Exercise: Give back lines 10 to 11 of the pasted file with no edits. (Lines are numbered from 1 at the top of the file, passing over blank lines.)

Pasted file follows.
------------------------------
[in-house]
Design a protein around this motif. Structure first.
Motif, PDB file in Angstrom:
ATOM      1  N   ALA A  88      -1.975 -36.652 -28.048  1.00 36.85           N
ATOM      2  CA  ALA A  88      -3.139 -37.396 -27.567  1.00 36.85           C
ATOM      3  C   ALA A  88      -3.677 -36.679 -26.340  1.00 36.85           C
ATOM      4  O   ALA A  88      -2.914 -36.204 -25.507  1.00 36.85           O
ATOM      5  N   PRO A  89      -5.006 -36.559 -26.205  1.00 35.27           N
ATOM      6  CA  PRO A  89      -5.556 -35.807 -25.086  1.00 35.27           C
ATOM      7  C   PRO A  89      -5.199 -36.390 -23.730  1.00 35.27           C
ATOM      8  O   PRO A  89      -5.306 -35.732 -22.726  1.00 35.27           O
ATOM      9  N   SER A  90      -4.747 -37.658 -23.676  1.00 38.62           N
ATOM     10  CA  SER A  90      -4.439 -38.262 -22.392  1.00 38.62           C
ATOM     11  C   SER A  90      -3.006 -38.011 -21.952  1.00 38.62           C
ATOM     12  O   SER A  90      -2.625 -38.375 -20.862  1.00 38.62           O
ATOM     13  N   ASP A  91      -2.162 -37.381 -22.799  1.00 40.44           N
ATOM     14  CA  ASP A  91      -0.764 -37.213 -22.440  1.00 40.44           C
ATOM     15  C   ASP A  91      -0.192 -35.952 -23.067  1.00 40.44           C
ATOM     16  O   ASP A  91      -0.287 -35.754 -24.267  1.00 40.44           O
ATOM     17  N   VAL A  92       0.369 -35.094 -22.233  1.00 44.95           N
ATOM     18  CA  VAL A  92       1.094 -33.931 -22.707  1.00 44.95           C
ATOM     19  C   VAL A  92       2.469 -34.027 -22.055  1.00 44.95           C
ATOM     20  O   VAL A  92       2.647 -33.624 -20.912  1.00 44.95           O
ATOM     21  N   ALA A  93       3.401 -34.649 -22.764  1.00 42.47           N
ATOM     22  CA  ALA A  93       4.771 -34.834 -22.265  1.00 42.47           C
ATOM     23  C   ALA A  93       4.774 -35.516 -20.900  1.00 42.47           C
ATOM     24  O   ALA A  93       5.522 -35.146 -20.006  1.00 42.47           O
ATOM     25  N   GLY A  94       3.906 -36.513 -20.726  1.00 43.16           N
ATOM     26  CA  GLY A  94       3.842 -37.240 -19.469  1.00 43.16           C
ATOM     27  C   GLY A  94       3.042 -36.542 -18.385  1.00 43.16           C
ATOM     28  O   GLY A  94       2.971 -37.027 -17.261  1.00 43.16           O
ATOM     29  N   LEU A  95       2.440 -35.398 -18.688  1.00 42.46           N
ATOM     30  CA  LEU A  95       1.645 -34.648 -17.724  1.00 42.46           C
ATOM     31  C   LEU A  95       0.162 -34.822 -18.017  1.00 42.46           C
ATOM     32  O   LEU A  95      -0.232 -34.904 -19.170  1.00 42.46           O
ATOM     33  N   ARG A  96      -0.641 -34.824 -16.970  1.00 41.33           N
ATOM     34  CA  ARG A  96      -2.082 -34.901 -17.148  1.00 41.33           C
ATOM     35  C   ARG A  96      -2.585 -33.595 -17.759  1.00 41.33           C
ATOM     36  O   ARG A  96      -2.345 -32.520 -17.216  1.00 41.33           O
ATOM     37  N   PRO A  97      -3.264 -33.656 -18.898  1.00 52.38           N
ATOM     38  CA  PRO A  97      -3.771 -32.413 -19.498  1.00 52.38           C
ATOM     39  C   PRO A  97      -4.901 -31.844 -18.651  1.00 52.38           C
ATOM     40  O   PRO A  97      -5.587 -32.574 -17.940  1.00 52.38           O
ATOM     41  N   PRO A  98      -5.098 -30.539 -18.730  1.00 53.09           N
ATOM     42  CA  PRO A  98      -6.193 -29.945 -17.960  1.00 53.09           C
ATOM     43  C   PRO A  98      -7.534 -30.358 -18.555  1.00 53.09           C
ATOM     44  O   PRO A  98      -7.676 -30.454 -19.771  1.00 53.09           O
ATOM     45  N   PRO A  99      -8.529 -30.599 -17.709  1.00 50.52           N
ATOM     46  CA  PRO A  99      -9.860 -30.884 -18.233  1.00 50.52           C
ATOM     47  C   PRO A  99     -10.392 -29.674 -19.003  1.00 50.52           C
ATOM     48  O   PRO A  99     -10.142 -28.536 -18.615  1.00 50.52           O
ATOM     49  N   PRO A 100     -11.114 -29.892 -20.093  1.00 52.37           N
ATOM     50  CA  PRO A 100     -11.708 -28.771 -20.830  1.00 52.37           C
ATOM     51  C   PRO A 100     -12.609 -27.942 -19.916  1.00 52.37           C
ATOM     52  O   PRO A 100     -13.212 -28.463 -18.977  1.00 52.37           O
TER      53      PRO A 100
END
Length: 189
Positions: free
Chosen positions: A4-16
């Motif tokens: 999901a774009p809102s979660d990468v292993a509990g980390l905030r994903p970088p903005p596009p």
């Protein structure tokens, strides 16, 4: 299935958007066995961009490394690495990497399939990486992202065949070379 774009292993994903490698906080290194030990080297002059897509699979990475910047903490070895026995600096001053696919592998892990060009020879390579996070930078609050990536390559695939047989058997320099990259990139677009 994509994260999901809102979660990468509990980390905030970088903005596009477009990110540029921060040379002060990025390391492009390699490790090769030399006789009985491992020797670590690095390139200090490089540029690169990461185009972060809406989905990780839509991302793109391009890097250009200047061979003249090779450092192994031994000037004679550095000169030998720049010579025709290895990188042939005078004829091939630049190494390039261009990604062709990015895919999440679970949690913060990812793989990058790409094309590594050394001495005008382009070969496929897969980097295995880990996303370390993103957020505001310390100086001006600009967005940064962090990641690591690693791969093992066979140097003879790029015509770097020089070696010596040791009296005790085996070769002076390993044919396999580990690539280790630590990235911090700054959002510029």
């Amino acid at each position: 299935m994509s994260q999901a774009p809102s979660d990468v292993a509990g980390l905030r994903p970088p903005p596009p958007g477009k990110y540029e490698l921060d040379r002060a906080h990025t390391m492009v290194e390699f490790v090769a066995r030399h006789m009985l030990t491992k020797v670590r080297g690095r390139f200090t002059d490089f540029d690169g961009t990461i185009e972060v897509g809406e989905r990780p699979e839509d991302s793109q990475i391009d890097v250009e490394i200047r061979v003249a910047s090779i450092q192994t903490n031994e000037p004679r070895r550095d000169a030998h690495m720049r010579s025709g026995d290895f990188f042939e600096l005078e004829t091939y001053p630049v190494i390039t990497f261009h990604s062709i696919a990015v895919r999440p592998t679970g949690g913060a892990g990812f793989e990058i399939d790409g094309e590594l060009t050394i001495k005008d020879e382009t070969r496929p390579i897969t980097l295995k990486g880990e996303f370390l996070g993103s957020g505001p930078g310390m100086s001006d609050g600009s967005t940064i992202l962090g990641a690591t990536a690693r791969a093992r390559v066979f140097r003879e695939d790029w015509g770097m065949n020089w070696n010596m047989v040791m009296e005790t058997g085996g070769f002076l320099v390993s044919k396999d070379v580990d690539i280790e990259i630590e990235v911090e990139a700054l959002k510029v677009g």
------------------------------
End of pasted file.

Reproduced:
ATOM      7  C   PRO A  89      -5.199 -36.390 -23.730  1.00 35.27           C
ATOM      8  O   PRO A  89      -5.306 -35.732 -22.726  1.00 35.27           O